Babies who get low scores on a test of heart, lung and brain function given just a few minutes after birth may be more likely to need special education as teenagers, suggests a new study from Sweden.
But an outside researcher said that the chance of going to a special school was still low enough that parents shouldn’t be concerned so long as their kids with a low so-called “Apgar score” do fine early in life.
Apgar scores are measured one minute after birth and again five minutes after birth. They’re rated on a scale of 0 to 10, with 10 meaning a baby is very pink and breathing well, has a fast enough heart rate and has good reflexes and muscle tone.
“It’s simply a measure of how well the baby has transitioned from intrauterine life,” said Dr. Nigel Paneth, a pediatrician at Michigan State University in East Lansing.
While a low Apgar score might mean that something went wrong during delivery – for example, the baby was deprived of oxygen at some point – “Apgar score to some extent reflects the underlying condition of the baby and the baby’s brain,” added Paneth, who was not involved in the new study.
A couple of things are known for sure about babies with very low Apgar scores, he said: they have a higher risk of dying soon after birth, and they also are more likely to have cerebral palsy, a group of brain disorders that originate during development.
Other than that, Paneth added, only weak connections have been found between Apgar scores and how well a kid does later on.
In the current study, researchers led by Dr. Andrea Stuart of Central Hospital in Helsingborg used large Swedish databases to link Apgar scores with kids’ grades in school and their chances of being in a special-education school.
The researchers had data on close to 900,000 babies born between 1973 and 1986.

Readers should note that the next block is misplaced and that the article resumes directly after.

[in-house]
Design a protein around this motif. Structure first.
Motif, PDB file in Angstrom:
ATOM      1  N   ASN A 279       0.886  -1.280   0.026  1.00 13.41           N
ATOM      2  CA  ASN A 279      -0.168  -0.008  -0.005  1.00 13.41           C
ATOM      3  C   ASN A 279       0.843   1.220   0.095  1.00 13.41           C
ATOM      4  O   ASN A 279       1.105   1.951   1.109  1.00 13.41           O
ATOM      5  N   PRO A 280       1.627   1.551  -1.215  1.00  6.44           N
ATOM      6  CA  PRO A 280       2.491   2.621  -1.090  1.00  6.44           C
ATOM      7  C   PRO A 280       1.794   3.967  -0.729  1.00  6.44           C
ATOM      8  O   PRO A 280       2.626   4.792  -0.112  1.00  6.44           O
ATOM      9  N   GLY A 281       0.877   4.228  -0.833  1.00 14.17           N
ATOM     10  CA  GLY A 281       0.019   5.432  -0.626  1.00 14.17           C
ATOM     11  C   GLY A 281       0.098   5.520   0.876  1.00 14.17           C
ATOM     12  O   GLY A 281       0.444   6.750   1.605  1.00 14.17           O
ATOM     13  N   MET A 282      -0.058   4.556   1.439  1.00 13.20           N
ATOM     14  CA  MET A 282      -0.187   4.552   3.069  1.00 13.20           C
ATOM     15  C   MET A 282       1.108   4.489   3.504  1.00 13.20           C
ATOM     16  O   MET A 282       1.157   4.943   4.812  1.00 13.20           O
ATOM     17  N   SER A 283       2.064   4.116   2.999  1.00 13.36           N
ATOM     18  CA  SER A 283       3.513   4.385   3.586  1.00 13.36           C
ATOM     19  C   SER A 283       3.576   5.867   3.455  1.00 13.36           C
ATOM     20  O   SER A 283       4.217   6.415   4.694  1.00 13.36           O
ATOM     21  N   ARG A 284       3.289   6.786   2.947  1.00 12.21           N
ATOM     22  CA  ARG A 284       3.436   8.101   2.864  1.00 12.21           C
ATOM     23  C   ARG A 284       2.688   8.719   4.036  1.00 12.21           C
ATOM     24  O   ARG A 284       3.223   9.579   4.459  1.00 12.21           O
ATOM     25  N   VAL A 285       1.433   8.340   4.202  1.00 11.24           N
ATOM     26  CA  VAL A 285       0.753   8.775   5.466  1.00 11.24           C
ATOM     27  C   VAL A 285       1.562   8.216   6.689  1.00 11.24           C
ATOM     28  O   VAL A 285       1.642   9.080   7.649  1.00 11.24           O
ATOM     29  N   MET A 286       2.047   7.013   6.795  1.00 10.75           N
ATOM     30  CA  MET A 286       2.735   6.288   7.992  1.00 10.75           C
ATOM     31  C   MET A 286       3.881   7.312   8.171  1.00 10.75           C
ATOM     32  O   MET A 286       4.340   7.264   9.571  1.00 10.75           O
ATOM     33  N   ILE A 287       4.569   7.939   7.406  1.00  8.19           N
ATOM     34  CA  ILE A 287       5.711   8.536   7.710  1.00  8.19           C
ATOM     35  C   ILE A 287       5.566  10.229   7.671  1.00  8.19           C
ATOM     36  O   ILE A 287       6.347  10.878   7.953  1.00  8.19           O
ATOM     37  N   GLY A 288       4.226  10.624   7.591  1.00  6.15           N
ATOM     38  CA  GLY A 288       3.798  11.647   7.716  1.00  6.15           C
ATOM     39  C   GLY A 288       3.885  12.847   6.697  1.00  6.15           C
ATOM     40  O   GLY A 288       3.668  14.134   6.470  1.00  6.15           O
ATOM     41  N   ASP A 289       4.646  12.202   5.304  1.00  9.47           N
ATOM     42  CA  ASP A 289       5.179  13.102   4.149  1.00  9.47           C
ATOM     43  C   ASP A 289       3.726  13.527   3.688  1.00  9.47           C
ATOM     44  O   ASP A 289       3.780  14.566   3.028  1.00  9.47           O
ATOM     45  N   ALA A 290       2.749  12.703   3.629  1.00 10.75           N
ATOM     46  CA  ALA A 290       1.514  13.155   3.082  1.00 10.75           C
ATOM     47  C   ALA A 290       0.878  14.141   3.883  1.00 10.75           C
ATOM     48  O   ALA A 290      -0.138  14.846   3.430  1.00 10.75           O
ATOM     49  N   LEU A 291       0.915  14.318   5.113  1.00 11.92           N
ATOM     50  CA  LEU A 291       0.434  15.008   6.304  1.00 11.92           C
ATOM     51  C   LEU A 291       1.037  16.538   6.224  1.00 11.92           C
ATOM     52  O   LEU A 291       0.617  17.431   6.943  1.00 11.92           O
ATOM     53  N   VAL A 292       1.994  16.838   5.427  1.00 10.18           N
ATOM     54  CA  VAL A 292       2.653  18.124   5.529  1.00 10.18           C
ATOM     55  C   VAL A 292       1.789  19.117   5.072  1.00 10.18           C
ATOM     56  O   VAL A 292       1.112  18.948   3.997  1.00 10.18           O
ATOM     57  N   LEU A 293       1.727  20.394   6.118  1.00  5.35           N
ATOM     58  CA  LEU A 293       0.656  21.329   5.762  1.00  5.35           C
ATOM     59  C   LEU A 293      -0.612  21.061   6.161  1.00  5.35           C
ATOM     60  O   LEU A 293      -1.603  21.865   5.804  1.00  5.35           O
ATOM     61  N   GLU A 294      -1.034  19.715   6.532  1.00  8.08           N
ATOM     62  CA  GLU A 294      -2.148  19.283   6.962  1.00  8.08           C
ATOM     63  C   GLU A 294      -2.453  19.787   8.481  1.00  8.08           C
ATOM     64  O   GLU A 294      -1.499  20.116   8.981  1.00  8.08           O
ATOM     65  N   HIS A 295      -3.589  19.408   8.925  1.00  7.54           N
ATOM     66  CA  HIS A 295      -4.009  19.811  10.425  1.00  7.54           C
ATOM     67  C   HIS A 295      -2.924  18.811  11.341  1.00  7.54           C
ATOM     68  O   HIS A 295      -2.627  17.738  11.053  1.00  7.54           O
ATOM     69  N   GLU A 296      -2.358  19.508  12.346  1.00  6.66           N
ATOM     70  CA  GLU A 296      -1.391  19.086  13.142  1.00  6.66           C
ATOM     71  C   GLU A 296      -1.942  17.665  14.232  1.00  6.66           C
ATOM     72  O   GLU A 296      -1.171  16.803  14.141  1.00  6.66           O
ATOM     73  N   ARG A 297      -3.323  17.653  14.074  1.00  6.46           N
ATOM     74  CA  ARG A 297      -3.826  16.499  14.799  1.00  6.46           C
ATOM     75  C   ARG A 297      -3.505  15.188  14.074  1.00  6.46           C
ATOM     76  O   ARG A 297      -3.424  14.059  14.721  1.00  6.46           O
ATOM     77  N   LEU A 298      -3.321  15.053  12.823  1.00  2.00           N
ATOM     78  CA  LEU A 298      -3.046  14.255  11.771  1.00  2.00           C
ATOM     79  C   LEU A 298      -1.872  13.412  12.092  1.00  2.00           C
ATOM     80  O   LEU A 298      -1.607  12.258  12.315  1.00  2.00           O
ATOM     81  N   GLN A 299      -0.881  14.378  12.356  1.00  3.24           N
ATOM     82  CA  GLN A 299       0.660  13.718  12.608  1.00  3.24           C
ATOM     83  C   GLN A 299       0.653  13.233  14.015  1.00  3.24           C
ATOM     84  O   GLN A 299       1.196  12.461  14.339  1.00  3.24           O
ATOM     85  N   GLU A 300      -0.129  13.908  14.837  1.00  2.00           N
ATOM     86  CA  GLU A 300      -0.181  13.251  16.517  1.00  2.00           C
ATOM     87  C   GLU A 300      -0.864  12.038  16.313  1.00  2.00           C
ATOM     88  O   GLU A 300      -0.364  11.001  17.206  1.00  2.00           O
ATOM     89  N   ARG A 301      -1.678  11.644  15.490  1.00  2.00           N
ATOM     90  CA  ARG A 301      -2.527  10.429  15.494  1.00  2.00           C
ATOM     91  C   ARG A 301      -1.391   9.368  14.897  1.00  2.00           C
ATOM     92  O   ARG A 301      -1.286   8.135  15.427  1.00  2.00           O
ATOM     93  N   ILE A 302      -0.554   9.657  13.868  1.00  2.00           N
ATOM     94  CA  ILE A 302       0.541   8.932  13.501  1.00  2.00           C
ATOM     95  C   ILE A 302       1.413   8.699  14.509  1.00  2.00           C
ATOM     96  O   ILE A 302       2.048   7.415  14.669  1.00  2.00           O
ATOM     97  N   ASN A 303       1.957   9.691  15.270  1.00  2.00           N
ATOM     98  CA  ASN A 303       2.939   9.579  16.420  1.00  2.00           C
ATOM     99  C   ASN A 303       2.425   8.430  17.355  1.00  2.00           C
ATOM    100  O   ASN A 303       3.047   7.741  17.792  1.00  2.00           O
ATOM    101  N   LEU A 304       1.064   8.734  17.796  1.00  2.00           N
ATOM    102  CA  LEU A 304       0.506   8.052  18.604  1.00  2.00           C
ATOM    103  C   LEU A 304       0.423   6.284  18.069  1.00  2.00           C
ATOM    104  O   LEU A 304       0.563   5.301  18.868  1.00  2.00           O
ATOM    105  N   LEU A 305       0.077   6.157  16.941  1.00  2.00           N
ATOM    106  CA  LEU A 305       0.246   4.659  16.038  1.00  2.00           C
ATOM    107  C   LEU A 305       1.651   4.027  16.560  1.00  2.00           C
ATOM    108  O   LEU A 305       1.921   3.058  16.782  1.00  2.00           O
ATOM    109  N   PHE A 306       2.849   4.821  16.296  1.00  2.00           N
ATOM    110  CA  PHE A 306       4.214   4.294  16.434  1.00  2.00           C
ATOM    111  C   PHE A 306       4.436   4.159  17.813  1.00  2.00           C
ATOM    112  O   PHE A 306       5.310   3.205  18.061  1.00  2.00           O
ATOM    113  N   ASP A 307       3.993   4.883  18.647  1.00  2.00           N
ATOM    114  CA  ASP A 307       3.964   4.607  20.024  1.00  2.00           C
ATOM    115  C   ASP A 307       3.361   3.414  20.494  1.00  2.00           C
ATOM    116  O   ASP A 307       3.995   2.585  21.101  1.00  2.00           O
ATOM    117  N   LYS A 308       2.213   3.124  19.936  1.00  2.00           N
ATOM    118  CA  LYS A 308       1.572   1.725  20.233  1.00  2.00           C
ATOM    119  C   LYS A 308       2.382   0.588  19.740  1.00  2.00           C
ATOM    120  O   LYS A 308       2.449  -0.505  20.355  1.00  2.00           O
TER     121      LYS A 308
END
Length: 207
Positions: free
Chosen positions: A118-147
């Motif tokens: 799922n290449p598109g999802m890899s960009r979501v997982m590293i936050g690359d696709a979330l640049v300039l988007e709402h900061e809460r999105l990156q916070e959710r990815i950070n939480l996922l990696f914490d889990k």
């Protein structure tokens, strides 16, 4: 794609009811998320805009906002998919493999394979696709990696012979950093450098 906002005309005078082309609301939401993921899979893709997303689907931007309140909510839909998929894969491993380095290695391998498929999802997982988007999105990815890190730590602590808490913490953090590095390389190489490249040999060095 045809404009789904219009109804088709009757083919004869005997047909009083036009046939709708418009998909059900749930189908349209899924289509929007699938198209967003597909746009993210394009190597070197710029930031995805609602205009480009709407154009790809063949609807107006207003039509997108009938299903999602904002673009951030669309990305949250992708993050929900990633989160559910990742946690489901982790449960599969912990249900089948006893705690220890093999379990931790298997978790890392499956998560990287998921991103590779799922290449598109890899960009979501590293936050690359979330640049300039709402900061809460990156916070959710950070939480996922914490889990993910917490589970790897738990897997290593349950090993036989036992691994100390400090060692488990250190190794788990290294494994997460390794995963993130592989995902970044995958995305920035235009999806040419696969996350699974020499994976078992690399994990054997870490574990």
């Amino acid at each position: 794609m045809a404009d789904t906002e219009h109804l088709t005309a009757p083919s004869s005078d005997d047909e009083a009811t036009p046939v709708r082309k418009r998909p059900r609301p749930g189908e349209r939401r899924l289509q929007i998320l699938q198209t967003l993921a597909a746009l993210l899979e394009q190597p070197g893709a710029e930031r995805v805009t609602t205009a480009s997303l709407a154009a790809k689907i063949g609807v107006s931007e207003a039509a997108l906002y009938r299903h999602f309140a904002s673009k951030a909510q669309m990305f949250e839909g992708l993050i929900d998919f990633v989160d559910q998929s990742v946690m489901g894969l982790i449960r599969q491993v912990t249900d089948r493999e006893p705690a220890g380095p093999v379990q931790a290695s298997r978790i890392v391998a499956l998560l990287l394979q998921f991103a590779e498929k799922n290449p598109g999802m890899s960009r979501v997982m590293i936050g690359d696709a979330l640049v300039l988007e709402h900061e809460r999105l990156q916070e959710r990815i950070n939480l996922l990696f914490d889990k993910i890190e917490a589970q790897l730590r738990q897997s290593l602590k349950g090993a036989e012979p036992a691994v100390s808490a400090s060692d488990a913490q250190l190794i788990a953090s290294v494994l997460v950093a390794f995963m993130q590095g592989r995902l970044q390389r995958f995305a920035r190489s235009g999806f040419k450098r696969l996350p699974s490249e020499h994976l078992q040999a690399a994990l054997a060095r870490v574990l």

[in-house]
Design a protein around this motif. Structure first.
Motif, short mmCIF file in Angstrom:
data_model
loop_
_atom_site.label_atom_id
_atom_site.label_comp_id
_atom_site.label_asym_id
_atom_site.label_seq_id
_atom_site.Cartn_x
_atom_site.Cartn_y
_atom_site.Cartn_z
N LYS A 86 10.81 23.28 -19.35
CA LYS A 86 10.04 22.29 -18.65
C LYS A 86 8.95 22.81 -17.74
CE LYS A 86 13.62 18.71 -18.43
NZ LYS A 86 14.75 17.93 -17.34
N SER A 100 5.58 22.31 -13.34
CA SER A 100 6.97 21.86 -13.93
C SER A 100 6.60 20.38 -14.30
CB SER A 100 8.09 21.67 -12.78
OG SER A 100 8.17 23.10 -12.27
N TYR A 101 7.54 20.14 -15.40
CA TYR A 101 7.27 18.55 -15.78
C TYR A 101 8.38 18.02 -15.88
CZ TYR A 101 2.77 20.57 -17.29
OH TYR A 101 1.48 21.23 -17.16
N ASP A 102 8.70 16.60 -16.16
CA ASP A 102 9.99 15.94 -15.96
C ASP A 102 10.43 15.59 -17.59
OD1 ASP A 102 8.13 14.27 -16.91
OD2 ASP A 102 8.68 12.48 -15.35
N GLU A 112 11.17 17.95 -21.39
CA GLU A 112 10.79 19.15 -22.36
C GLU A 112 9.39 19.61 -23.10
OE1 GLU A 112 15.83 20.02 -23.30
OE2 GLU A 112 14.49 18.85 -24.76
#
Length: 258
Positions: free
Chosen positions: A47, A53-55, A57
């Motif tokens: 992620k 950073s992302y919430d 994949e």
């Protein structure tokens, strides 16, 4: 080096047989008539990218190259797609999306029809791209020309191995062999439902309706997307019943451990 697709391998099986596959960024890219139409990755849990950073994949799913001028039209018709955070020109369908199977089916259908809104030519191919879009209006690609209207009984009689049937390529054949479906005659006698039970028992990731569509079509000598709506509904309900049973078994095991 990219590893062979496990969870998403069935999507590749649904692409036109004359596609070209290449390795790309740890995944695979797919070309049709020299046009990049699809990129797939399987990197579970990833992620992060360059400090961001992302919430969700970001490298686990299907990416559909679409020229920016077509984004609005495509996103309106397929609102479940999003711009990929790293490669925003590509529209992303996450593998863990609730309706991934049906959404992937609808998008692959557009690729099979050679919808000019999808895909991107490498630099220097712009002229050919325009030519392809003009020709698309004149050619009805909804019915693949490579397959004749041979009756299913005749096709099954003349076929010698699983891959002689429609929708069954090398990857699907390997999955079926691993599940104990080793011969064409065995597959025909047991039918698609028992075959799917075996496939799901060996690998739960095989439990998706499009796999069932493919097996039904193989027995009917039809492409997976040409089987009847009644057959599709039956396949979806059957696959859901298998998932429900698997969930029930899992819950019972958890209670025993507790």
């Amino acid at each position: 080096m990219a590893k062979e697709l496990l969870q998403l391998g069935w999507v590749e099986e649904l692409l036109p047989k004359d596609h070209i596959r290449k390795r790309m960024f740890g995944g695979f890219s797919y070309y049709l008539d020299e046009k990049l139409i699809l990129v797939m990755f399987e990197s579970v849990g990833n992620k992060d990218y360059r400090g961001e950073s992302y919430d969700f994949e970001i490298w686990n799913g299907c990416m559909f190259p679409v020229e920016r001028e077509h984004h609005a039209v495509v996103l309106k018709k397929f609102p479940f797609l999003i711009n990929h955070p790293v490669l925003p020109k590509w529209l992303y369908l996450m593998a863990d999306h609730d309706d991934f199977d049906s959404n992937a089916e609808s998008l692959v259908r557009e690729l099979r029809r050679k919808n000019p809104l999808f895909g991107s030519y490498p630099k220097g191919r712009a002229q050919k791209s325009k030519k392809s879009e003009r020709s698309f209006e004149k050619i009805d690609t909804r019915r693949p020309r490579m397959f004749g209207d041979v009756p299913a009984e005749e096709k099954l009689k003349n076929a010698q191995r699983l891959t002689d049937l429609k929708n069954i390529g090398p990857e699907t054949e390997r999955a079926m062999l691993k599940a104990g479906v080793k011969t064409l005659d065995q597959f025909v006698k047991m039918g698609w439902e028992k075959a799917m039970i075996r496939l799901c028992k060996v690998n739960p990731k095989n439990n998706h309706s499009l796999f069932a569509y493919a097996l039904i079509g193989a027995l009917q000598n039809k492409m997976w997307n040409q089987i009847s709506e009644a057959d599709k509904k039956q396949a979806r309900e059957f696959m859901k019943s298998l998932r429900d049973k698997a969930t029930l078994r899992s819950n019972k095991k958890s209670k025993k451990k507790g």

Most of those kids had a normal Apgar score of 9 or 10 at the five-minute test. Only about 1 percent had a score below 7 and one-third of those were below 4, indicating serious immediate problems.
In total, about 23,000 of the kids were going to a special-education school at age 16.
Kids with an Apgar score below 7 were about twice as likely to go on to special schools as kids with high Apgar scores. Kids who had scores as low as 2 or 3 were about three times more likely to need special education.
Still, the authors point out in Obstetrics & Gynecology, only 1 in 44 babies with a score below 7 will go on to need special education because of whatever caused that low score at birth.
That shows that the Apgar score really doesn’t help predict which kids will end up needing more help in school, Paneth said.
“The vast majority of these kids with Apgars of 7 or less are going to normal schools and they’re getting good grades,” he said – though on average, these kids did slightly worse in normal schools than kids who had scores of 9 or 10.
The findings also can’t prove that low Apgar scores – or whatever made babies have trouble early on – caused more of them to need extra help in school as teens. But “the reasons leading to a low Apgar score … might have an impact on future brain function,” Stuart told Reuters Health in an email.
She added that kids with low scores shouldn’t be singled out.
“Children born with a low Apgar score should not be seen as a separate group, but each child should be treated individually, both medically and academically, based on its medical needs and academic capacity.”